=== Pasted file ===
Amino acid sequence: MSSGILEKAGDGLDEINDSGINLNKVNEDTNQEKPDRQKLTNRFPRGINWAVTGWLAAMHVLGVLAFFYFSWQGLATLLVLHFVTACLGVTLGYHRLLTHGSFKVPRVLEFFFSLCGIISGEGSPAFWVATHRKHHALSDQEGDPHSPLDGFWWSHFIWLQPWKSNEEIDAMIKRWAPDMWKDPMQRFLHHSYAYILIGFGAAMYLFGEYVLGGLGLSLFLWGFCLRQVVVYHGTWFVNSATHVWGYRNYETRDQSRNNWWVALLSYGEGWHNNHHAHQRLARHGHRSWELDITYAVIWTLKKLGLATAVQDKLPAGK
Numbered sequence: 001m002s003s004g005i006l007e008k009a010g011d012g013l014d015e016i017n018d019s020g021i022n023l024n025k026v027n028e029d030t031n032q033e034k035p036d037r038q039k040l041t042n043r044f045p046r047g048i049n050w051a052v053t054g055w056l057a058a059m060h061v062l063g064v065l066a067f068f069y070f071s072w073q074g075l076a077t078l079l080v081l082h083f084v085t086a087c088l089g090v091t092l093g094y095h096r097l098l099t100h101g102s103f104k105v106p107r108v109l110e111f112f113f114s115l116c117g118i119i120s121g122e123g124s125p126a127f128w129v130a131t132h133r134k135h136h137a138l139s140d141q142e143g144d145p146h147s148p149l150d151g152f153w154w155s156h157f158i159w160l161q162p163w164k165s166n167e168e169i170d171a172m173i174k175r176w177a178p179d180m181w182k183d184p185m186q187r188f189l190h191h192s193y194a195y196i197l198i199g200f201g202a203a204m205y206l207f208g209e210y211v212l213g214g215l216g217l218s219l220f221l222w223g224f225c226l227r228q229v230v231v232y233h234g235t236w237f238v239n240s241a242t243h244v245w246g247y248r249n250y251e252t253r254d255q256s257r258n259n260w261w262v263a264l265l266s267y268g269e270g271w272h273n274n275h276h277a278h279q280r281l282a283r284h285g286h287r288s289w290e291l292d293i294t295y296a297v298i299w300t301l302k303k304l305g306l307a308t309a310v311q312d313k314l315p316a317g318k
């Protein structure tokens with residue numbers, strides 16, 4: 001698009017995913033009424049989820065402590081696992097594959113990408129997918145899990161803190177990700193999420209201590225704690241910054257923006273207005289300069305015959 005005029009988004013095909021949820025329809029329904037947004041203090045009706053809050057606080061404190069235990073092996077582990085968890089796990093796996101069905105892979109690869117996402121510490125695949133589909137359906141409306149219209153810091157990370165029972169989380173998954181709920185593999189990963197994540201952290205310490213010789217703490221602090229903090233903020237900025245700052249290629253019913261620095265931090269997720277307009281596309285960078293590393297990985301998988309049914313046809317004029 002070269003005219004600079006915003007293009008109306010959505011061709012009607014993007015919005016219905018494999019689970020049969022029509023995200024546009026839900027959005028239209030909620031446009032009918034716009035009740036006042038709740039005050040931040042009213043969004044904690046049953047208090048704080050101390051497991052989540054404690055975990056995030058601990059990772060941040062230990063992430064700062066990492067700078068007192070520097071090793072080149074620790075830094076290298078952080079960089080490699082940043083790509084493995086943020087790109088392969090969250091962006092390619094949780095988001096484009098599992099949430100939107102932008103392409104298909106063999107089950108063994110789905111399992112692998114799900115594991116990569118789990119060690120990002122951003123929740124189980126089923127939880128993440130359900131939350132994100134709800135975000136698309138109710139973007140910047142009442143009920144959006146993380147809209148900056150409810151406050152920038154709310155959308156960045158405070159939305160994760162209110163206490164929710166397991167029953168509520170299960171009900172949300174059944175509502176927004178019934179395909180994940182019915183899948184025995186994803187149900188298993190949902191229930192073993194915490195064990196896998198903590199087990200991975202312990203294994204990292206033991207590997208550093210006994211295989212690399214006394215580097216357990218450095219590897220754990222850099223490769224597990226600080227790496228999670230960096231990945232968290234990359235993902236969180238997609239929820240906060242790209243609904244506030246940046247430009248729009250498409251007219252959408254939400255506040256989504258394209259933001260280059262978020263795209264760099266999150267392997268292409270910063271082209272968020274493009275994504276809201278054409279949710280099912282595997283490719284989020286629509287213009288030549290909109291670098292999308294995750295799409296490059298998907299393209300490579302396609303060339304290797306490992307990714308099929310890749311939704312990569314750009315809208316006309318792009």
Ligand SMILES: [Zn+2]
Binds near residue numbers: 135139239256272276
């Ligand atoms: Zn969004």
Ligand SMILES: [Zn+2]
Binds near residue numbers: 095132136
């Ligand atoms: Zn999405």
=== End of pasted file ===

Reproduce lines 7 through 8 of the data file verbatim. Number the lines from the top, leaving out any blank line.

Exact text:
Ligand SMILES: [Zn+2]
Binds near residue numbers: 095132136